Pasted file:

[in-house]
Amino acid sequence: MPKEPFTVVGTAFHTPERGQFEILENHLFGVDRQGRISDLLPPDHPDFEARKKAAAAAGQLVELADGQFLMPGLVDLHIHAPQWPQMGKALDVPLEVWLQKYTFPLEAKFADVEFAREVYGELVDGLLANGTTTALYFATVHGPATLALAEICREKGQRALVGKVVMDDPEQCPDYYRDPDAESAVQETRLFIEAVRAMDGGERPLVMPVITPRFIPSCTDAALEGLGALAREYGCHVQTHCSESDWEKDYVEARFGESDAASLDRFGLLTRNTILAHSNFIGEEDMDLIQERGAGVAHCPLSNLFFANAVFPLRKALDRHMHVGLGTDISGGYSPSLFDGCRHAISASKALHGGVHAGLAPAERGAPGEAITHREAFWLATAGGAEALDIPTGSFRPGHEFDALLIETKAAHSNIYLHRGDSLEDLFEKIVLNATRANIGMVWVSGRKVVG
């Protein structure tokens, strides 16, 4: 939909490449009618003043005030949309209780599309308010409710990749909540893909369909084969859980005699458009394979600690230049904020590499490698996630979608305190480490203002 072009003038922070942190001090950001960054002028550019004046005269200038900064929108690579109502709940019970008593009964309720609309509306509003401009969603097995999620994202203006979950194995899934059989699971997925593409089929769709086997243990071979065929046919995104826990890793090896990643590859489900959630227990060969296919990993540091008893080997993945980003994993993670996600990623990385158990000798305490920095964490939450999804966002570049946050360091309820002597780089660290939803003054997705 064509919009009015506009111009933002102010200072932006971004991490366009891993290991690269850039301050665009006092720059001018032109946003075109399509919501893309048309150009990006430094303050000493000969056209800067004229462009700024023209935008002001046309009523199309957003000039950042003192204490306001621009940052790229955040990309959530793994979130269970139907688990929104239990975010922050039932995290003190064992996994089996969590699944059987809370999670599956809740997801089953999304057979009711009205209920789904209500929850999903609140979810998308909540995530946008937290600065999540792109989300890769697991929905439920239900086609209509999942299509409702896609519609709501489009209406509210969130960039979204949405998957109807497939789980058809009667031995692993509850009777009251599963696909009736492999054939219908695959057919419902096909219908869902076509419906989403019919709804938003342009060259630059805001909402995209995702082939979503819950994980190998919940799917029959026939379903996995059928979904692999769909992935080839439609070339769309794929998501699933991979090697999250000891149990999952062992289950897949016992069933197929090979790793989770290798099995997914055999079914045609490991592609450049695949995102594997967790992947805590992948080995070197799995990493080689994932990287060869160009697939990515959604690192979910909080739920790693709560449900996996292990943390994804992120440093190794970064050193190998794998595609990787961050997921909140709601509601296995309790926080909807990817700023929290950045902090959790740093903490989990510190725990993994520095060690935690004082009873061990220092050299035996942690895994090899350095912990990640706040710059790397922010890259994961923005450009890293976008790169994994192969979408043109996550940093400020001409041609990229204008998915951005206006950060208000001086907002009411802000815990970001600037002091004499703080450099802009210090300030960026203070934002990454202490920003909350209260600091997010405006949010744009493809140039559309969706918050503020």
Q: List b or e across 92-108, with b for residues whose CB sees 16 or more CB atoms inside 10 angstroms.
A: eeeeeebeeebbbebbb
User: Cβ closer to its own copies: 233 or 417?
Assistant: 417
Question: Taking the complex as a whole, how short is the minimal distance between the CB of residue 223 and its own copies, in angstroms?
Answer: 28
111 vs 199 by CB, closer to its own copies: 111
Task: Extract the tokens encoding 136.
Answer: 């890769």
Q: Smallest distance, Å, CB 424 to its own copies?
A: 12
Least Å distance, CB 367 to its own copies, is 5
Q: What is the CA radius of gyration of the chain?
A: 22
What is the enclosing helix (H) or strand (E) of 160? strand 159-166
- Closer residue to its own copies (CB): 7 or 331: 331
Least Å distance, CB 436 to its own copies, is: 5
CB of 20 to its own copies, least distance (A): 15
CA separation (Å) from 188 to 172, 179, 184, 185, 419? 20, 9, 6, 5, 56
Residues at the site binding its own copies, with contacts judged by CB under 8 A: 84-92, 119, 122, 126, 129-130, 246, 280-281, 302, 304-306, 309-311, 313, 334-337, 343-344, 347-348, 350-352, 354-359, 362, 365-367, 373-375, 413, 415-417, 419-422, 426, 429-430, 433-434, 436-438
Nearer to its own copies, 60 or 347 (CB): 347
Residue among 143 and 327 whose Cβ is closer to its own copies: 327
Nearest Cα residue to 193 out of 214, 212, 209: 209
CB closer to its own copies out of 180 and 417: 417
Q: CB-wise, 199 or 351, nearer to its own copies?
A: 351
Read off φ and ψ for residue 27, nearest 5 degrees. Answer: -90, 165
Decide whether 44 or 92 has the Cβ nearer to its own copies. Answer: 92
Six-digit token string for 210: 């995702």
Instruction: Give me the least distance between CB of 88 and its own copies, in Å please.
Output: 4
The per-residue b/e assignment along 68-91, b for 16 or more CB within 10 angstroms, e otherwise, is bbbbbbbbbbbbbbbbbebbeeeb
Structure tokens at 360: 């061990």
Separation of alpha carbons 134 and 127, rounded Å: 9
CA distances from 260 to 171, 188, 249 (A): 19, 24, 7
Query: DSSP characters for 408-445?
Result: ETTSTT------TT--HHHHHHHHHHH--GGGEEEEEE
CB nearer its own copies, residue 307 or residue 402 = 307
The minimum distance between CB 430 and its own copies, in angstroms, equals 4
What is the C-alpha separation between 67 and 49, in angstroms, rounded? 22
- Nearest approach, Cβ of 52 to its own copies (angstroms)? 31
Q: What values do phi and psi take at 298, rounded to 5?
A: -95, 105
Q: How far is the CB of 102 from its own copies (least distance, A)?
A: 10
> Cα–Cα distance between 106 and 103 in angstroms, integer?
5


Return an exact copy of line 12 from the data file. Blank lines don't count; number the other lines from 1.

Answer: 């890769």